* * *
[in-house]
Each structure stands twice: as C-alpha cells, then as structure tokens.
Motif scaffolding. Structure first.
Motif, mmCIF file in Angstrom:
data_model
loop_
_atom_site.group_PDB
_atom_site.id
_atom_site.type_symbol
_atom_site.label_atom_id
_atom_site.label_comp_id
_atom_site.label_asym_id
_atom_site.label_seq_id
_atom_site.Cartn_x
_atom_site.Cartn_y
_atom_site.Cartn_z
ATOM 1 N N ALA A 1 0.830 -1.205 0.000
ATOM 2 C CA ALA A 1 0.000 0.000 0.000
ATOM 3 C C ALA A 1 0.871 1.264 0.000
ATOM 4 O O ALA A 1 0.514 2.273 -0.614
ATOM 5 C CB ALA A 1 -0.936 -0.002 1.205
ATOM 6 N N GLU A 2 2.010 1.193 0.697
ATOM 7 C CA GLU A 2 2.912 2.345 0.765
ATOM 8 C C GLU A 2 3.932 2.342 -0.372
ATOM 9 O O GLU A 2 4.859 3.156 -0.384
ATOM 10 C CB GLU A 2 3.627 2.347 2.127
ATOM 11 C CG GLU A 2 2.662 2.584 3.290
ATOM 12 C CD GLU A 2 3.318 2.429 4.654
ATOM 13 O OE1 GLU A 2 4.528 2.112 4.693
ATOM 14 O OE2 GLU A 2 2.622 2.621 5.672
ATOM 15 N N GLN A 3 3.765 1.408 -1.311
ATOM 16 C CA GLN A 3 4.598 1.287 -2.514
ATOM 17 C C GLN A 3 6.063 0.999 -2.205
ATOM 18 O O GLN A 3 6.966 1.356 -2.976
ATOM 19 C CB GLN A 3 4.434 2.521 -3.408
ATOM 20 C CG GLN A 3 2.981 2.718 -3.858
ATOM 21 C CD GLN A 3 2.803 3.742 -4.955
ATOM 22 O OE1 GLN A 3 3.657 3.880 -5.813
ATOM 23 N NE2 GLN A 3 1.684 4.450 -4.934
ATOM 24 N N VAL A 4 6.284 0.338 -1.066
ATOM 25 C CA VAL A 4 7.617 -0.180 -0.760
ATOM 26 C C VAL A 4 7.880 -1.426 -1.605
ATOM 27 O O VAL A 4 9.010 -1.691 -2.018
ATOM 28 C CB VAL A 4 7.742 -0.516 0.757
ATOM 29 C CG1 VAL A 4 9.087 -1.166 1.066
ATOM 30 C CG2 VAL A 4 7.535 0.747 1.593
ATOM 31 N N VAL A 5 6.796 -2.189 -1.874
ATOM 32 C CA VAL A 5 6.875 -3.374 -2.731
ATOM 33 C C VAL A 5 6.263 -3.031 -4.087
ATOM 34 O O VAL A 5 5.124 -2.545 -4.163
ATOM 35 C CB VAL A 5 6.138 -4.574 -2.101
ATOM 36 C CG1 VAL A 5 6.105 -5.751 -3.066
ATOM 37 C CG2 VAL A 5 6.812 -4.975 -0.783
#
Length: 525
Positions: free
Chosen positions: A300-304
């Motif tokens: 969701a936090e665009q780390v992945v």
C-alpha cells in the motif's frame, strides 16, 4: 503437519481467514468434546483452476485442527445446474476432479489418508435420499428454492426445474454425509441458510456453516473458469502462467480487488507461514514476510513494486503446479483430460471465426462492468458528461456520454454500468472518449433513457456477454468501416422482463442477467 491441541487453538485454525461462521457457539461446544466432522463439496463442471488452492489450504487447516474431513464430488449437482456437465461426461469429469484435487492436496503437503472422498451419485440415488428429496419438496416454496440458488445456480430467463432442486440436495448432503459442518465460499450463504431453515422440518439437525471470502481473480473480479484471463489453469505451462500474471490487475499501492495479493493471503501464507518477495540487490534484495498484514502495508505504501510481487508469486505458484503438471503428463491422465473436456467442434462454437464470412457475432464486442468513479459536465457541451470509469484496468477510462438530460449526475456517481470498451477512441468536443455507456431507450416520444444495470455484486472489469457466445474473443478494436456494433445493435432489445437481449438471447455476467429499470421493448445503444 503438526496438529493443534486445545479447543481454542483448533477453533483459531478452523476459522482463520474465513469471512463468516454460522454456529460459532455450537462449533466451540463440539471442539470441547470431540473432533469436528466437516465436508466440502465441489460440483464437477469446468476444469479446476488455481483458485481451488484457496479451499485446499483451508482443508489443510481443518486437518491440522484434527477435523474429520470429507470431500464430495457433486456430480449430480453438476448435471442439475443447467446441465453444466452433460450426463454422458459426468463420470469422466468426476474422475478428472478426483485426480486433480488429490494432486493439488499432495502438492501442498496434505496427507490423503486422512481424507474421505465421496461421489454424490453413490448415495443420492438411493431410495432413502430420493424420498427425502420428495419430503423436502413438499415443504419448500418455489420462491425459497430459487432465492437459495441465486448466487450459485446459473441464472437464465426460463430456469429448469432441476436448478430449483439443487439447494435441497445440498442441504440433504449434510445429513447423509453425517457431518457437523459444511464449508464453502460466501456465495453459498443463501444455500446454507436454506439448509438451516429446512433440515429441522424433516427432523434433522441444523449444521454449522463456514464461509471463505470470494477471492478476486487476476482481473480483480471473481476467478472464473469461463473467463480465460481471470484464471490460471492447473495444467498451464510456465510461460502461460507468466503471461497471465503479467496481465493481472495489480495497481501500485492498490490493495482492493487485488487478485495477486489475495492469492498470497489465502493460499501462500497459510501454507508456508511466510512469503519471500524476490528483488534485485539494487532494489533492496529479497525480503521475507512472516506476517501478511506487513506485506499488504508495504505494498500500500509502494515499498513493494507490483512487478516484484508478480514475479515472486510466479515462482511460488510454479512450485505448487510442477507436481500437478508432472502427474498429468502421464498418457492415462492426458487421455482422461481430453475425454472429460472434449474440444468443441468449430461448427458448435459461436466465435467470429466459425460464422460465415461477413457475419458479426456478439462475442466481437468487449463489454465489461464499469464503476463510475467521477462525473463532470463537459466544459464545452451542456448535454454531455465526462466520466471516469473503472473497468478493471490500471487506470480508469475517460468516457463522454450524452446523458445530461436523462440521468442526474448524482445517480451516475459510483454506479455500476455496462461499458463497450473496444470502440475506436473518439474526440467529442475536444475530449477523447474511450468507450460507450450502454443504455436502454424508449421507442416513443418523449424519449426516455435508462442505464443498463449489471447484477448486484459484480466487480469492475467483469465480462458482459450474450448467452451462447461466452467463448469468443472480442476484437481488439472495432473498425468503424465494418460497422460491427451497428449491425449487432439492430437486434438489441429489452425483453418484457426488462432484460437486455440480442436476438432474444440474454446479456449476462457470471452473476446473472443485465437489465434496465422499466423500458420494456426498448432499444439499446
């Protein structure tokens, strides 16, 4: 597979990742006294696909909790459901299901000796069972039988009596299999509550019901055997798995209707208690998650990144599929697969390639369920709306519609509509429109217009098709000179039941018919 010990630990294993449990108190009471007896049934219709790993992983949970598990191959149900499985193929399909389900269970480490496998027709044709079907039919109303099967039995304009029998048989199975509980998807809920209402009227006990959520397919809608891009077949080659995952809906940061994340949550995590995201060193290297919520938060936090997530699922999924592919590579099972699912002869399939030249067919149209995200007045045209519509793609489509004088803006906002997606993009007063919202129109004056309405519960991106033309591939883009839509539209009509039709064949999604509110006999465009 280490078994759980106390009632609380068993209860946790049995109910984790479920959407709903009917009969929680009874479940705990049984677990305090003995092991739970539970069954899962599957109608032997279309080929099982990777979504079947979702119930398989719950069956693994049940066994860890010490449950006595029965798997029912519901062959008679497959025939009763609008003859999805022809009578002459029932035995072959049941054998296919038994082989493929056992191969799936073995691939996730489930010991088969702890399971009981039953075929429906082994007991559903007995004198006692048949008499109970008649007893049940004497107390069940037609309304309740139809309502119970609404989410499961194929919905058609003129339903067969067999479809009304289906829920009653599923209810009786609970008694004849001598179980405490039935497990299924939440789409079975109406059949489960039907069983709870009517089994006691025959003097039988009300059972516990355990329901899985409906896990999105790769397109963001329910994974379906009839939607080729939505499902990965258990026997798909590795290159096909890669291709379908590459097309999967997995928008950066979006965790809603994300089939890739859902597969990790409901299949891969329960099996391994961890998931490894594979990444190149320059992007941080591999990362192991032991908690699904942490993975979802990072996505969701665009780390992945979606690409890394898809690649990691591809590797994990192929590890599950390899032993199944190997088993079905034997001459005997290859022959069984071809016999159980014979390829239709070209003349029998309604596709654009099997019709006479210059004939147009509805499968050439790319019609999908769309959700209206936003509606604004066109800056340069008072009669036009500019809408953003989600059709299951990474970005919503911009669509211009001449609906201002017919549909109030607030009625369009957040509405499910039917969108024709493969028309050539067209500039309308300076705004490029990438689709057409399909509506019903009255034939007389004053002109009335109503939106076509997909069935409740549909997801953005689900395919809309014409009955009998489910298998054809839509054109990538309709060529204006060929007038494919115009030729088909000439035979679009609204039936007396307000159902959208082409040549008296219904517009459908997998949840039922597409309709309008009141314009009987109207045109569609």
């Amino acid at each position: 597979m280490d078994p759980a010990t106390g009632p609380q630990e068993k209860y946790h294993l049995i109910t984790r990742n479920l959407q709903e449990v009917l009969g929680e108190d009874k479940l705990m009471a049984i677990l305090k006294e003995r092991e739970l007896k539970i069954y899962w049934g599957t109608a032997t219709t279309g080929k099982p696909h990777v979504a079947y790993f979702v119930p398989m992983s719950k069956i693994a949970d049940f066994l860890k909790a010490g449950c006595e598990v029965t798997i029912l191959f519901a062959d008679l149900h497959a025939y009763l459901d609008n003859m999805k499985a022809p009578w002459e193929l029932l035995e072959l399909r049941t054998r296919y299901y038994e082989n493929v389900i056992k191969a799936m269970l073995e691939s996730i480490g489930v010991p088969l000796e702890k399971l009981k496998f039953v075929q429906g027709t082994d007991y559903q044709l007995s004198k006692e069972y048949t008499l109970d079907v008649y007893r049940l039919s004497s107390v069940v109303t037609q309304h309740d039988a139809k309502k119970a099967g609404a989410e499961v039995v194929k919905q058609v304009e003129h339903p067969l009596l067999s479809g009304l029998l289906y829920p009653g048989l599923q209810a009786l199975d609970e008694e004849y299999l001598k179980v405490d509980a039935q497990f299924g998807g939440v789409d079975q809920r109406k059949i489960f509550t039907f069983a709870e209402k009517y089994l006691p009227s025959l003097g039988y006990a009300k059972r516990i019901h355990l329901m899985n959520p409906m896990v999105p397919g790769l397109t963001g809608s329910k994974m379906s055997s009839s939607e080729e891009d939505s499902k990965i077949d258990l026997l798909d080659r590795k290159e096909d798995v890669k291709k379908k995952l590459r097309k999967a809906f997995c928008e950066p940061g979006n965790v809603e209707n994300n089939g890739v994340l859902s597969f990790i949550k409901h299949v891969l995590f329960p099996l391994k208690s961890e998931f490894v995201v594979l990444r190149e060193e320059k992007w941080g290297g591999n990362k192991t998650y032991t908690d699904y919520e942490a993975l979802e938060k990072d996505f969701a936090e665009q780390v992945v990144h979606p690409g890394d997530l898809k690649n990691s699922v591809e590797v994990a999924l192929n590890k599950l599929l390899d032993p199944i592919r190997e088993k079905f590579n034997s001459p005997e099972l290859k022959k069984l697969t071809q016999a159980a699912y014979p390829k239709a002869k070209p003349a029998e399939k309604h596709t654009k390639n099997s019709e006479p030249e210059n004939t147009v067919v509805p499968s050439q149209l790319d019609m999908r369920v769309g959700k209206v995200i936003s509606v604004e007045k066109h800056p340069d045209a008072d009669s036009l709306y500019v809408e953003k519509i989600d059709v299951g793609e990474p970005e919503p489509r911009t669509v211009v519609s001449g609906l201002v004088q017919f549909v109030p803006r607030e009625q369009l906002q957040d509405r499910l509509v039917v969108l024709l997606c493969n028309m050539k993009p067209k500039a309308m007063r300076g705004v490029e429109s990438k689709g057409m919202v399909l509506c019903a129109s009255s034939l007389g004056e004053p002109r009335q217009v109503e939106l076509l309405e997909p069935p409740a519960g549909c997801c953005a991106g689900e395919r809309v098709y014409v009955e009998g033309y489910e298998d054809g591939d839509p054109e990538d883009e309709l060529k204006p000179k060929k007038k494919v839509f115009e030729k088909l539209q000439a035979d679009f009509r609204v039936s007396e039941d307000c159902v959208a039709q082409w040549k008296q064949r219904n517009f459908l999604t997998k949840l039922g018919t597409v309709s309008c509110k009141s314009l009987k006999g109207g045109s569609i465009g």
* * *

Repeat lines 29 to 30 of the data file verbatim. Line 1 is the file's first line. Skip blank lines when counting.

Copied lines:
ATOM 13 O OE1 GLU A 2 4.528 2.112 4.693
ATOM 14 O OE2 GLU A 2 2.622 2.621 5.672